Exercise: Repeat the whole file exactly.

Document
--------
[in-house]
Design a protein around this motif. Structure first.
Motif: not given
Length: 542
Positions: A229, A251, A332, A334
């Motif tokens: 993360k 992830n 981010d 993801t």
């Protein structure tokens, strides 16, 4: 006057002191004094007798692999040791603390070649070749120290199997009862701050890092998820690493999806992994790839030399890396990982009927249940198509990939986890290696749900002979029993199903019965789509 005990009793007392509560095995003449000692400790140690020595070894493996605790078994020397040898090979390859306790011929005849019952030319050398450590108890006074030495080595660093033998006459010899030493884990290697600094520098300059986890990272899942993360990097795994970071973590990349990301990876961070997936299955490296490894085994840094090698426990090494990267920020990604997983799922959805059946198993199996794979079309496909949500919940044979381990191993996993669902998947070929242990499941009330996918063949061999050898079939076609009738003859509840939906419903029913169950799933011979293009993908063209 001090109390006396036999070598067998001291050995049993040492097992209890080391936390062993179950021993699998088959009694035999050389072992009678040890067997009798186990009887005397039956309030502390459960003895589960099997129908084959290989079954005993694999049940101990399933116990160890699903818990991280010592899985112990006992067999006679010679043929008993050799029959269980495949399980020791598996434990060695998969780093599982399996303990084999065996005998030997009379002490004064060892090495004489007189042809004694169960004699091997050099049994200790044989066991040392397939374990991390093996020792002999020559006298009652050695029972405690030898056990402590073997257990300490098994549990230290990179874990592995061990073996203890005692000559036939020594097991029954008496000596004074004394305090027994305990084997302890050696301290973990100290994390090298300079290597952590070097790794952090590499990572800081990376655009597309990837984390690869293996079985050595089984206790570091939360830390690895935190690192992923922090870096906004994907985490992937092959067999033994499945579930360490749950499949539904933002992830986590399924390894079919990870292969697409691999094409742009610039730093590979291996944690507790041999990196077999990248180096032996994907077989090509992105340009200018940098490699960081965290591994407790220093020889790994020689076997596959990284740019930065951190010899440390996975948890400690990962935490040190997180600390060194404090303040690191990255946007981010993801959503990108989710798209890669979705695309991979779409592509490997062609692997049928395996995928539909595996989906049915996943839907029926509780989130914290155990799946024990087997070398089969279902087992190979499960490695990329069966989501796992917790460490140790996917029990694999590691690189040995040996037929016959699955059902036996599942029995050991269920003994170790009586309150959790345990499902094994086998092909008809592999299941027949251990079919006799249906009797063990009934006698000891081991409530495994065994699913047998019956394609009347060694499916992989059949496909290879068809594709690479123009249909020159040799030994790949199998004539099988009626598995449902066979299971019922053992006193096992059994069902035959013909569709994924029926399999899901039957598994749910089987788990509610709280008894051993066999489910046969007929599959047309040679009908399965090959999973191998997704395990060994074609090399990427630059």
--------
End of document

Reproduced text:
[in-house]
Design a protein around this motif. Structure first.
Motif: not given
Length: 542
Positions: A229, A251, A332, A334
């Motif tokens: 993360k 992830n 981010d 993801t």
């Protein structure tokens, strides 16, 4: 006057002191004094007798692999040791603390070649070749120290199997009862701050890092998820690493999806992994790839030399890396990982009927249940198509990939986890290696749900002979029993199903019965789509 005990009793007392509560095995003449000692400790140690020595070894493996605790078994020397040898090979390859306790011929005849019952030319050398450590108890006074030495080595660093033998006459010899030493884990290697600094520098300059986890990272899942993360990097795994970071973590990349990301990876961070997936299955490296490894085994840094090698426990090494990267920020990604997983799922959805059946198993199996794979079309496909949500919940044979381990191993996993669902998947070929242990499941009330996918063949061999050898079939076609009738003859509840939906419903029913169950799933011979293009993908063209 001090109390006396036999070598067998001291050995049993040492097992209890080391936390062993179950021993699998088959009694035999050389072992009678040890067997009798186990009887005397039956309030502390459960003895589960099997129908084959290989079954005993694999049940101990399933116990160890699903818990991280010592899985112990006992067999006679010679043929008993050799029959269980495949399980020791598996434990060695998969780093599982399996303990084999065996005998030997009379002490004064060892090495004489007189042809004694169960004699091997050099049994200790044989066991040392397939374990991390093996020792002999020559006298009652050695029972405690030898056990402590073997257990300490098994549990230290990179874990592995061990073996203890005692000559036939020594097991029954008496000596004074004394305090027994305990084997302890050696301290973990100290994390090298300079290597952590070097790794952090590499990572800081990376655009597309990837984390690869293996079985050595089984206790570091939360830390690895935190690192992923922090870096906004994907985490992937092959067999033994499945579930360490749950499949539904933002992830986590399924390894079919990870292969697409691999094409742009610039730093590979291996944690507790041999990196077999990248180096032996994907077989090509992105340009200018940098490699960081965290591994407790220093020889790994020689076997596959990284740019930065951190010899440390996975948890400690990962935490040190997180600390060194404090303040690191990255946007981010993801959503990108989710798209890669979705695309991979779409592509490997062609692997049928395996995928539909595996989906049915996943839907029926509780989130914290155990799946024990087997070398089969279902087992190979499960490695990329069966989501796992917790460490140790996917029990694999590691690189040995040996037929016959699955059902036996599942029995050991269920003994170790009586309150959790345990499902094994086998092909008809592999299941027949251990079919006799249906009797063990009934006698000891081991409530495994065994699913047998019956394609009347060694499916992989059949496909290879068809594709690479123009249909020159040799030994790949199998004539099988009626598995449902066979299971019922053992006193096992059994069902035959013909569709994924029926399999899901039957598994749910089987788990509610709280008894051993066999489910046969007929599959047309040679009908399965090959999973191998997704395990060994074609090399990427630059």